Adult fiction (commercial and literary): usually fall between 80,000-100,000 words. Dropping below this figure is passable, however not by too much. Exceeding the 100K word count by too much could make the book more expensive to produce – the story would have to be really worth it for a publisher to want to fork out more money than necessary on production!

Science and fantasy fiction: are the exceptions to the ‘word-limit’ rule, but even so they don’t usually exceed 150,000 words (and usually fall within the 90,000-120,000 range). The reason they are the exception? Audiences of this genre are happy to read epic novels, they expect it to take time to build the fantasy world around them and want to immerse themselves into that world for some time. Publishers and agents know this and as a result they are willing to show more leniency when it comes to word limits, so you are less likely to lose out on a deal due to word count for this genre.

Romance novels: 50,000-100,000…this is a fairly vast bracket thanks to all the sub-genres that can be found in this category (think Regency, contemporary, historical, paranormal, erotic…even chick lit). Aim for somewhere in the middle and you should be pretty safe – when writing your romance novel, consider your reader: where and how will they be reading your book? On the plane, by the pool, on the commute to work? What do you think they want out of the book – is it that they want a quick, light-hearted read, or an epic love story? This will have an impact on where you take your word count. This can be applied across all the genres really.

Historical fiction: Similar to sci-fi and fantasy-fiction, you are creating a world for your contemporary audience – you need to make this real and believable for them…but not dull and lifeless. Too much information and your novel could be at risk of being boring, too little information and you will find it difficult to place your audience in the time period. Aim for the 100,000-word mark in order to offer up something that is rich in detail, but not tedious to read.

Crime/Mysteries/Thrillers/Horror fiction: All these categories have one major thing in common: suspense. Any book that falls into this category needs to be a real page-turner. Too many words and you risk losing your audience, too few and they might feel like they missed something. So it is advisable to follow the guidelines on word length for this category. Generally speaking a 70,000-90,000-word count is a comfortable range. Publishers and agents expect that authors in this genre will understand how to be ruthless with their words in order to keep their narrative on-track and moving at an engaging pace – lengthy descriptions tend to be like a needle to a balloon…it pops the crucial tension that you have spent so long ‘blowing up’.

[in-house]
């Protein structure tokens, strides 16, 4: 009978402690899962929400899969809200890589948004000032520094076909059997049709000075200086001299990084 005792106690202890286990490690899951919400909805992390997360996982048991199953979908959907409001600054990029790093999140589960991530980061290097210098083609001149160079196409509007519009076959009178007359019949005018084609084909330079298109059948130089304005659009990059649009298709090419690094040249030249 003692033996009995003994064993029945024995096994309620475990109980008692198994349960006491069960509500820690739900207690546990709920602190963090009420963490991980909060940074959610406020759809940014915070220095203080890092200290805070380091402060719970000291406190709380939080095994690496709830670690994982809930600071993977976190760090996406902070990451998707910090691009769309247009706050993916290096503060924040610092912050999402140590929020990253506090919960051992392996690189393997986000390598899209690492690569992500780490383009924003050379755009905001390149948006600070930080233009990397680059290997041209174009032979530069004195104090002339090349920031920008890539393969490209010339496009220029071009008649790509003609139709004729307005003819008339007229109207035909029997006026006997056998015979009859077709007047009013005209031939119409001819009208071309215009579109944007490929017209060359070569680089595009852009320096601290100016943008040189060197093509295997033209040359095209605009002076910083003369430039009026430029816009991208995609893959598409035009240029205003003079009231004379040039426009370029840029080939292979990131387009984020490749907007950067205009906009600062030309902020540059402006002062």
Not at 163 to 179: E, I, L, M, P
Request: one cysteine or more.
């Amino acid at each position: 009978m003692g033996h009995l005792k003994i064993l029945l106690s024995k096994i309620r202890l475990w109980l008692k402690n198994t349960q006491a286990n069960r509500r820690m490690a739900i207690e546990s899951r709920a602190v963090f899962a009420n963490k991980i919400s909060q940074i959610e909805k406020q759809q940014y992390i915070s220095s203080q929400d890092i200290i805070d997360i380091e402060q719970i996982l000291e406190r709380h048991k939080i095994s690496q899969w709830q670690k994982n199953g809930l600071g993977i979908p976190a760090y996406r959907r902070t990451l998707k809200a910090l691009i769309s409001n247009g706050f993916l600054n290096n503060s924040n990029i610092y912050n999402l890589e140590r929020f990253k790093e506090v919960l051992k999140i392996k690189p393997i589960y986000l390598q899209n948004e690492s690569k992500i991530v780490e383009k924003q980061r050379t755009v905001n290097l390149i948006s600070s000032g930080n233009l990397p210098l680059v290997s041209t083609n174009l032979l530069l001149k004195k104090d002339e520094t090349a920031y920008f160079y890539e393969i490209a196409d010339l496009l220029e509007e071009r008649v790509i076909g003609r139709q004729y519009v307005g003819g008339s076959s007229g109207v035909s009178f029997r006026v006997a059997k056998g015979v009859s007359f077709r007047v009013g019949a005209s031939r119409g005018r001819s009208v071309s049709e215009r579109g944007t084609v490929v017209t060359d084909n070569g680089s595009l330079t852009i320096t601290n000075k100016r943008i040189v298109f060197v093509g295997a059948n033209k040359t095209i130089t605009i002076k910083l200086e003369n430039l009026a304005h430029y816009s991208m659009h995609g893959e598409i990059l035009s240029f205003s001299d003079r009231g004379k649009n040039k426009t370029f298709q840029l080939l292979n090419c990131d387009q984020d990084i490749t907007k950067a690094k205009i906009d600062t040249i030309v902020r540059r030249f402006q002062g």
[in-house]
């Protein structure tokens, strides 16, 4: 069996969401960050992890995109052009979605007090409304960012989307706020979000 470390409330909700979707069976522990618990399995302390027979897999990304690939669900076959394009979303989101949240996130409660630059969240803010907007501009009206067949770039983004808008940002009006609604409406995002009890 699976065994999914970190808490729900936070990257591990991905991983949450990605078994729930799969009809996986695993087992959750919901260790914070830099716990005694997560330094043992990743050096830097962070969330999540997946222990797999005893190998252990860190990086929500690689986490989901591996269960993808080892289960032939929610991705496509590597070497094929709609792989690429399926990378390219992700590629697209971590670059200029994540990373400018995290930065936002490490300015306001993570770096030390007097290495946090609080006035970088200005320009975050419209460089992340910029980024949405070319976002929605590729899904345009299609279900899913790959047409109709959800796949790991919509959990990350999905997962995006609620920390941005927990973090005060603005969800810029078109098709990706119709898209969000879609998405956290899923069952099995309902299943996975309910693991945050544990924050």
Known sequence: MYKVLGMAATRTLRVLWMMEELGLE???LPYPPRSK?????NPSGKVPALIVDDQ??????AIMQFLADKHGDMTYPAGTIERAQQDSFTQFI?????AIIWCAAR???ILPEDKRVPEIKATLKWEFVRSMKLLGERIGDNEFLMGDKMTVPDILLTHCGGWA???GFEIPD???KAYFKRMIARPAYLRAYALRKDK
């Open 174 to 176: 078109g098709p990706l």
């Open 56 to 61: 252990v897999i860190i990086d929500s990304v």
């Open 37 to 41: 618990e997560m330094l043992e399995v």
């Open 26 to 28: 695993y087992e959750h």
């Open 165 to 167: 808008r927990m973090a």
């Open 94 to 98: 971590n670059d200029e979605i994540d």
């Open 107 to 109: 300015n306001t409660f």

Young adult fiction: Although we covered this to some degree in our Publishing: Children’s Books Explained article, there is a little more to YA than meets the eye. This category has an ‘expected’ word count of around 50,000-80,000…however there is a little flexibility here, due to the sub-genres found in YA. For instance a sci-fi YA title could be expected to be a little longer due to the world-building requirements and also the expectations of the reader for this genre. But general YA titles should always keep in mind the age of their targeted audience and realistically consider their attention-span to an ‘epic’ versus something they can read comfortably before moving onto their next book ‘conquest’.

Children’s fiction: see more in my Publishing: Children’s Books Explained article.

Non-fiction: I really should break this category down into sub-heads such as: memoir, history, photography, reference, design, novelty… the list goes on. And for this reason, it is almost impossible to place a word restriction on non-fiction titles. Many books in the non-fiction category are also ‘acquired’ on concept alone, rather than a completed manuscript. If you have written a nonfiction book and want to know if you are hitting the word-count ‘sweet spot’, I suggest reading widely in your area to see what others are doing – this will give you a better sense of what publishers (and readers) expect/want.

SOME FINAL THOUGHTS

Always keep in mind that each story has its own natural length, which may fall outside these guidelines. If this is the case, just be prepared to ‘justify’ your reasons for falling outside the ‘norm’…always keep in mind, you are selling this to the agent/publisher/commissioning editor in the first instance, but then they have to sell it to the sales and marketing team (which can be a particularly hard sell! You can emotionally trap the creative team more than you can ‘the suits’…they want numbers and figures and hard facts. And at the end of the day, they have a lot of power, so it is important to keep both these audiences in mind when you are ‘selling’ your book).


Source: http://manuscriptagency.com.au/word-count-by-genre-how-long-should-my-book-be/